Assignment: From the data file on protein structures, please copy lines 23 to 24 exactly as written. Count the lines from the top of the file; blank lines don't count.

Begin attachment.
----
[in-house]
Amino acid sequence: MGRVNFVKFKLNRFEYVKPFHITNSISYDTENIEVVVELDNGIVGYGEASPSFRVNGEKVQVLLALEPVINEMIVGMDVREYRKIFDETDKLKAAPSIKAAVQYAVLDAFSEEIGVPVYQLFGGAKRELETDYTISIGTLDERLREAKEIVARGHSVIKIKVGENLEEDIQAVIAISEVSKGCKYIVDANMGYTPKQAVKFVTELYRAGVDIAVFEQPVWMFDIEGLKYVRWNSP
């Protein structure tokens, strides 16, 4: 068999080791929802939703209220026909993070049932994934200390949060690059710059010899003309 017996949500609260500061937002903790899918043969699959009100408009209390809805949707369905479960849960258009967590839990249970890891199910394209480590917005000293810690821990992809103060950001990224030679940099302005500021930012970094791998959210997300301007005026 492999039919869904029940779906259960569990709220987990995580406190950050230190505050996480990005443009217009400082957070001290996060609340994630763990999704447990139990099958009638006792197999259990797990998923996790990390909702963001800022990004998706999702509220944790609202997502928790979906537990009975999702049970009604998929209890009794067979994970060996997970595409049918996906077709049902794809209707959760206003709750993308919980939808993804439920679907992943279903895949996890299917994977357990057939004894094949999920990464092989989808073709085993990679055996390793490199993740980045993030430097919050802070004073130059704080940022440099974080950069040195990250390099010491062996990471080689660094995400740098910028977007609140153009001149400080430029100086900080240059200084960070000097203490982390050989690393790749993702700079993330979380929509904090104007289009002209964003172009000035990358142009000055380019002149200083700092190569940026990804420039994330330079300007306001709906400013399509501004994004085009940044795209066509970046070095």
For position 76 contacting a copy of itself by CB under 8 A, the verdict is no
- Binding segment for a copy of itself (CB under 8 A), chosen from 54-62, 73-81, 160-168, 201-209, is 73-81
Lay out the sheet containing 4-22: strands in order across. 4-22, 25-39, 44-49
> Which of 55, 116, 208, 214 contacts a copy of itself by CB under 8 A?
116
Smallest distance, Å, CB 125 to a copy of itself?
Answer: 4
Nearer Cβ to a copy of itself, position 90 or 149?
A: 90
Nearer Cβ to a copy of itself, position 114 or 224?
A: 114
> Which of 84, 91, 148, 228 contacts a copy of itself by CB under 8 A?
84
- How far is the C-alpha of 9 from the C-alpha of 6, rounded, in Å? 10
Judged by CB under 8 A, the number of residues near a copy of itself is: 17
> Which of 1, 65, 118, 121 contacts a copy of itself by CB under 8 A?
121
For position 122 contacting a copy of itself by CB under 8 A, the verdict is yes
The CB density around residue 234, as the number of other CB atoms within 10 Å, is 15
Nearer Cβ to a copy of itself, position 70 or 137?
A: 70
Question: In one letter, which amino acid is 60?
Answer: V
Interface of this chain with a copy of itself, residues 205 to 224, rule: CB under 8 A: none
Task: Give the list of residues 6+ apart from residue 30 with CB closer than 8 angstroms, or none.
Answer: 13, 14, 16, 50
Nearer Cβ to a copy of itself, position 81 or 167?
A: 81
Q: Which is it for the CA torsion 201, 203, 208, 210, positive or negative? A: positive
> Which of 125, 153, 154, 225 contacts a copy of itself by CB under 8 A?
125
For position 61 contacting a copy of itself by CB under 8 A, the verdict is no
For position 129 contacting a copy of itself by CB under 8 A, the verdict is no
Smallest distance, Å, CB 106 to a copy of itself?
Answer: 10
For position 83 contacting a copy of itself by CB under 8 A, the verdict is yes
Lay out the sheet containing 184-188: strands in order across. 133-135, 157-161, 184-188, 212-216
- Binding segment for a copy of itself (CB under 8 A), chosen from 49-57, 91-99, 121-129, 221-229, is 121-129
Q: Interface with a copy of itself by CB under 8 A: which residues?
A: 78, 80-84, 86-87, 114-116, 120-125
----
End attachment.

Nearer Cβ to a copy of itself, position 70 or 137?
A: 70